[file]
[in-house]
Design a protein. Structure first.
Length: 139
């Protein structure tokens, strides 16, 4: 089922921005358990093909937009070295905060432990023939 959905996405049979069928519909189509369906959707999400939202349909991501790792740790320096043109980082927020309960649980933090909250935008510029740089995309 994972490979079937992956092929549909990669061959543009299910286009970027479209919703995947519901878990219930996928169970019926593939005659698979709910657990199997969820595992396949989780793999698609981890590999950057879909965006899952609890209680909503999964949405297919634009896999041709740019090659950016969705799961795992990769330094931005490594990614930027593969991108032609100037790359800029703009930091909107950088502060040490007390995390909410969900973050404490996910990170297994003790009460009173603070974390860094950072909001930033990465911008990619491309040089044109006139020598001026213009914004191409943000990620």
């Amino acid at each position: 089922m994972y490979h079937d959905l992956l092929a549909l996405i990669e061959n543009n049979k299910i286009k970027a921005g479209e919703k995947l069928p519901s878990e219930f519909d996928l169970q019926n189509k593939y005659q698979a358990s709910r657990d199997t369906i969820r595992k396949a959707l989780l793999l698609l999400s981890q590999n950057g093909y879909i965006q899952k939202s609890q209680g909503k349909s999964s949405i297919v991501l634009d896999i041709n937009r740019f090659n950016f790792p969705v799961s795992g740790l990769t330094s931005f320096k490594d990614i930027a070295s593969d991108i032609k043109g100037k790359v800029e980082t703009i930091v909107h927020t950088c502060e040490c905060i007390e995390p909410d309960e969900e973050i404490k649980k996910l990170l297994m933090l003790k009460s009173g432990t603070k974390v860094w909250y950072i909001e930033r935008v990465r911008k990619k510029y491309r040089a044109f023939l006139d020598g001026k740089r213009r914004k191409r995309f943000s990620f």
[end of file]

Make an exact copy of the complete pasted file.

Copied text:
[in-house]
Design a protein. Structure first.
Length: 139
């Protein structure tokens, strides 16, 4: 089922921005358990093909937009070295905060432990023939 959905996405049979069928519909189509369906959707999400939202349909991501790792740790320096043109980082927020309960649980933090909250935008510029740089995309 994972490979079937992956092929549909990669061959543009299910286009970027479209919703995947519901878990219930996928169970019926593939005659698979709910657990199997969820595992396949989780793999698609981890590999950057879909965006899952609890209680909503999964949405297919634009896999041709740019090659950016969705799961795992990769330094931005490594990614930027593969991108032609100037790359800029703009930091909107950088502060040490007390995390909410969900973050404490996910990170297994003790009460009173603070974390860094950072909001930033990465911008990619491309040089044109006139020598001026213009914004191409943000990620």
């Amino acid at each position: 089922m994972y490979h079937d959905l992956l092929a549909l996405i990669e061959n543009n049979k299910i286009k970027a921005g479209e919703k995947l069928p519901s878990e219930f519909d996928l169970q019926n189509k593939y005659q698979a358990s709910r657990d199997t369906i969820r595992k396949a959707l989780l793999l698609l999400s981890q590999n950057g093909y879909i965006q899952k939202s609890q209680g909503k349909s999964s949405i297919v991501l634009d896999i041709n937009r740019f090659n950016f790792p969705v799961s795992g740790l990769t330094s931005f320096k490594d990614i930027a070295s593969d991108i032609k043109g100037k790359v800029e980082t703009i930091v909107h927020t950088c502060e040490c905060i007390e995390p909410d309960e969900e973050i404490k649980k996910l990170l297994m933090l003790k009460s009173g432990t603070k974390v860094w909250y950072i909001e930033r935008v990465r911008k990619k510029y491309r040089a044109f023939l006139d020598g001026k740089r213009r914004k191409r995309f943000s990620f």